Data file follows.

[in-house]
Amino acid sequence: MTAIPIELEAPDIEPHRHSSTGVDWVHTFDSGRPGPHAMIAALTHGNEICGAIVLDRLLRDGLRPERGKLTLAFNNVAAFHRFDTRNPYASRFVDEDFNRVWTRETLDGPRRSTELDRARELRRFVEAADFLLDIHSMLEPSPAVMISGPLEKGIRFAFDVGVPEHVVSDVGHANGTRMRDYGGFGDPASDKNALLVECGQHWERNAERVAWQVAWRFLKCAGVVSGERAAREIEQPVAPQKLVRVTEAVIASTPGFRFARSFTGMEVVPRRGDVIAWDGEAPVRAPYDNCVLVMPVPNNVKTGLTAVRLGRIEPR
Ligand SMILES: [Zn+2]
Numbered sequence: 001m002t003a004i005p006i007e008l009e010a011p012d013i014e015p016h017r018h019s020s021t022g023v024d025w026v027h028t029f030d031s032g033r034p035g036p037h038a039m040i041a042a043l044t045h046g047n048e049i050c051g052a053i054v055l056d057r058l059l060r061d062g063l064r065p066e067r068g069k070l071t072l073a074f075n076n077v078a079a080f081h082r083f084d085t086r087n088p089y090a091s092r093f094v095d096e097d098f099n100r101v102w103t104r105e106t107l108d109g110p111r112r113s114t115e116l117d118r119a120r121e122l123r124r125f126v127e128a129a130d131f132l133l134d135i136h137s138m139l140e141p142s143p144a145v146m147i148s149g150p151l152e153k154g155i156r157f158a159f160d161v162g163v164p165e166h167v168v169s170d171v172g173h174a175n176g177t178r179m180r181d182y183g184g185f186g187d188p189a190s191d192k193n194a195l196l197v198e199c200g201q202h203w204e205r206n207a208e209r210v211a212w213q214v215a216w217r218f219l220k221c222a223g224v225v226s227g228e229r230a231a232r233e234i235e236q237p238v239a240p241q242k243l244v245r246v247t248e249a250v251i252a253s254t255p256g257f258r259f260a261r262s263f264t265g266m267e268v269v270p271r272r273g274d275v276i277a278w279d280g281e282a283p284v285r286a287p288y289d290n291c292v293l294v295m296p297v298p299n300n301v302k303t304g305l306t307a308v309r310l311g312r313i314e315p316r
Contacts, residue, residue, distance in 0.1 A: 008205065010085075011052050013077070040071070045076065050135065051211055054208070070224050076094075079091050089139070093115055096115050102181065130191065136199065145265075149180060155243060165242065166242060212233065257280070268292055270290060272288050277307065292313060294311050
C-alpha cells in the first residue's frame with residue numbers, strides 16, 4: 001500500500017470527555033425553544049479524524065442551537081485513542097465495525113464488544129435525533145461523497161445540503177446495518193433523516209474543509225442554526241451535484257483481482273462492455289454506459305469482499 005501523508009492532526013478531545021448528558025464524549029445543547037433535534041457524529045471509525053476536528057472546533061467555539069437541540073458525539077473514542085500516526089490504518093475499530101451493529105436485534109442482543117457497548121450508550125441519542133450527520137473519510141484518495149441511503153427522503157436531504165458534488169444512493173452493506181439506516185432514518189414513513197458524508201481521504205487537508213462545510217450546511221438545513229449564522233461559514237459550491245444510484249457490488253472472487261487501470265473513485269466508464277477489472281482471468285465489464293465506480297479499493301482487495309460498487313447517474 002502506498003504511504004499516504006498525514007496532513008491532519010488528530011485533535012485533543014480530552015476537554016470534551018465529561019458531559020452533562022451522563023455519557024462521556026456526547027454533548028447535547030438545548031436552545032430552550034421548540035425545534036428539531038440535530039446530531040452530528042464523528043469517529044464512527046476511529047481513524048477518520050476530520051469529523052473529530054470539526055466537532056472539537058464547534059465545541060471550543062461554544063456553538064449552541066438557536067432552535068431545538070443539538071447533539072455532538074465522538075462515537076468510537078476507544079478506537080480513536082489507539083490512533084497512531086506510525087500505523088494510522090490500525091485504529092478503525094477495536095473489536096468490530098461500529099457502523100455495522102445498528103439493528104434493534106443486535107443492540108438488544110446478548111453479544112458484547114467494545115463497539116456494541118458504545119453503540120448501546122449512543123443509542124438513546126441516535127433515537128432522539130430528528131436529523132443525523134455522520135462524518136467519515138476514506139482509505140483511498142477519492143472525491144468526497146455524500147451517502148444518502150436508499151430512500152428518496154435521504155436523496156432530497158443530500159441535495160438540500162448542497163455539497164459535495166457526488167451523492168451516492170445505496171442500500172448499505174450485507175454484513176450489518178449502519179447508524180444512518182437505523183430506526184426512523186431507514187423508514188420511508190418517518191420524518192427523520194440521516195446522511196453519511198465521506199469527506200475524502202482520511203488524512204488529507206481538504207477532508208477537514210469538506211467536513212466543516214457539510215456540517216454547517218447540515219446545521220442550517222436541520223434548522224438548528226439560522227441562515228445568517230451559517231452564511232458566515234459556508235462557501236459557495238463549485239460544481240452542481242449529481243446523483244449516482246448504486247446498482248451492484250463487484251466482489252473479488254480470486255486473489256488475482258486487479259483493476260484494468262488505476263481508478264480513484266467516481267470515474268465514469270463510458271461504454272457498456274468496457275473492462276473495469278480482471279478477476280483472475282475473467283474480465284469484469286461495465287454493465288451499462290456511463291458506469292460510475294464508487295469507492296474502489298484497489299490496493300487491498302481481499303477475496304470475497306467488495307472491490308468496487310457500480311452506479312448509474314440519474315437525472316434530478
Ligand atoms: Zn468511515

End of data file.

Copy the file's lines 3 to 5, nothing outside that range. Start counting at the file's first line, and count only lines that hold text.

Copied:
Ligand SMILES: [Zn+2]
Numbered sequence: 001m002t003a004i005p006i007e008l009e010a011p012d013i014e015p016h017r018h019s020s021t022g023v024d025w026v027h028t029f030d031s032g033r034p035g036p037h038a039m040i041a042a043l044t045h046g047n048e049i050c051g052a053i054v055l056d057r058l059l060r061d062g063l064r065p066e067r068g069k070l071t072l073a074f075n076n077v078a079a080f081h082r083f084d085t086r087n088p089y090a091s092r093f094v095d096e097d098f099n100r101v102w103t104r105e106t107l108d109g110p111r112r113s114t115e116l117d118r119a120r121e122l123r124r125f126v127e128a129a130d131f132l133l134d135i136h137s138m139l140e141p142s143p144a145v146m147i148s149g150p151l152e153k154g155i156r157f158a159f160d161v162g163v164p165e166h167v168v169s170d171v172g173h174a175n176g177t178r179m180r181d182y183g184g185f186g187d188p189a190s191d192k193n194a195l196l197v198e199c200g201q202h203w204e205r206n207a208e209r210v211a212w213q214v215a216w217r218f219l220k221c222a223g224v225v226s227g228e229r230a231a232r233e234i235e236q237p238v239a240p241q242k243l244v245r246v247t248e249a250v251i252a253s254t255p256g257f258r259f260a261r262s263f264t265g266m267e268v269v270p271r272r273g274d275v276i277a278w279d280g281e282a283p284v285r286a287p288y289d290n291c292v293l294v295m296p297v298p299n300n301v302k303t304g305l306t307a308v309r310l311g312r313i314e315p316r
Contacts, residue, residue, distance in 0.1 A: 008205065010085075011052050013077070040071070045076065050135065051211055054208070070224050076094075079091050089139070093115055096115050102181065130191065136199065145265075149180060155243060165242065166242060212233065257280070268292055270290060272288050277307065292313060294311050